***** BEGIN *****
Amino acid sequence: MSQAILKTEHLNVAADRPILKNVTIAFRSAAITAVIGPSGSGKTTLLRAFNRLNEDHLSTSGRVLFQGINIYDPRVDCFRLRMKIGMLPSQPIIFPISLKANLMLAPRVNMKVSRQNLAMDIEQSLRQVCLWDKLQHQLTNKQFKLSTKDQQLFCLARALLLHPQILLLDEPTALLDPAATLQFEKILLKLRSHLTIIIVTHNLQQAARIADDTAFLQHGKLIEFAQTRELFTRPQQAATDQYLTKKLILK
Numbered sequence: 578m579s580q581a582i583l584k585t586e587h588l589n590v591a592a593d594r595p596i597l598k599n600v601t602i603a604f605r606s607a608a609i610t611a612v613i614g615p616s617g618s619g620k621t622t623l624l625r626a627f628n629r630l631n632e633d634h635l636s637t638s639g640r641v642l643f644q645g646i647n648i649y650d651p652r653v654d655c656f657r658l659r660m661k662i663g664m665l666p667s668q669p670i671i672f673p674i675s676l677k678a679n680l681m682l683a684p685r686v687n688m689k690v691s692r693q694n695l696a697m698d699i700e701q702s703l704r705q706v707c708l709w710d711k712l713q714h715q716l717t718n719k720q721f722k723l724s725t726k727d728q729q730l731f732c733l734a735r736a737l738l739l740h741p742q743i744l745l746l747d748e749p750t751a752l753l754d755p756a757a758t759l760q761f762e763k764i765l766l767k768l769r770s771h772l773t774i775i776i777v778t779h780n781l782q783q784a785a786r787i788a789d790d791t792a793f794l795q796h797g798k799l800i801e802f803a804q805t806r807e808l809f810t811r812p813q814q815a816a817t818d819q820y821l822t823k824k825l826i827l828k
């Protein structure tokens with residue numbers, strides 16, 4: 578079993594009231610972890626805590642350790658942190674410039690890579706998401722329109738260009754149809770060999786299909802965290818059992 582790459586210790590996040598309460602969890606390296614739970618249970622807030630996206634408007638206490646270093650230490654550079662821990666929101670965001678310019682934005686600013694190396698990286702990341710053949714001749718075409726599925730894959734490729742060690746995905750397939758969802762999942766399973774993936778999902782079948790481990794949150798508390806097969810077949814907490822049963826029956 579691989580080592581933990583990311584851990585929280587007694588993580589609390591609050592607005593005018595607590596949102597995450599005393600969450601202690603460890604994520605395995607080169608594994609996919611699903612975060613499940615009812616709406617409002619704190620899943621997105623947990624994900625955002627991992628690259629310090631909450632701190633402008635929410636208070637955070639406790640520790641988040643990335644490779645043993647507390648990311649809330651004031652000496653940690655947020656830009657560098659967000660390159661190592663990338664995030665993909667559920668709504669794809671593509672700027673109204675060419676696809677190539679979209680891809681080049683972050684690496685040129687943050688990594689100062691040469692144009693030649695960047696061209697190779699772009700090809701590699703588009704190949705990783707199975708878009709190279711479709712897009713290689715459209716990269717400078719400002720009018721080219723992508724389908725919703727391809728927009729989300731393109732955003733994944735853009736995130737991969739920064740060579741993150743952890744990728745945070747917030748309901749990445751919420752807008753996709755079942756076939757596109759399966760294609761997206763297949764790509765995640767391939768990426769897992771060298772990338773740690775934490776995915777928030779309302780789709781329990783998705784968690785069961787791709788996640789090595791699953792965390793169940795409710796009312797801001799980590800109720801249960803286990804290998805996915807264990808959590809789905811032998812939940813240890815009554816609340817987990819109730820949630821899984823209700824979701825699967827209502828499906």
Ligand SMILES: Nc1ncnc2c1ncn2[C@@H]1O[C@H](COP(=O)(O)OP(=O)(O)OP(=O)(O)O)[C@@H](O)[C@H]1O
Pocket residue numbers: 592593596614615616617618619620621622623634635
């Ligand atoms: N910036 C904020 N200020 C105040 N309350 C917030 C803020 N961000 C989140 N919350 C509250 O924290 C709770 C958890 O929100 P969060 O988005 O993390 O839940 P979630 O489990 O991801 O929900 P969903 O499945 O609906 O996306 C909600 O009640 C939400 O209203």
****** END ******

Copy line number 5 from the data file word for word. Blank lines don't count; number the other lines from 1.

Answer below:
Pocket residue numbers: 592593596614615616617618619620621622623634635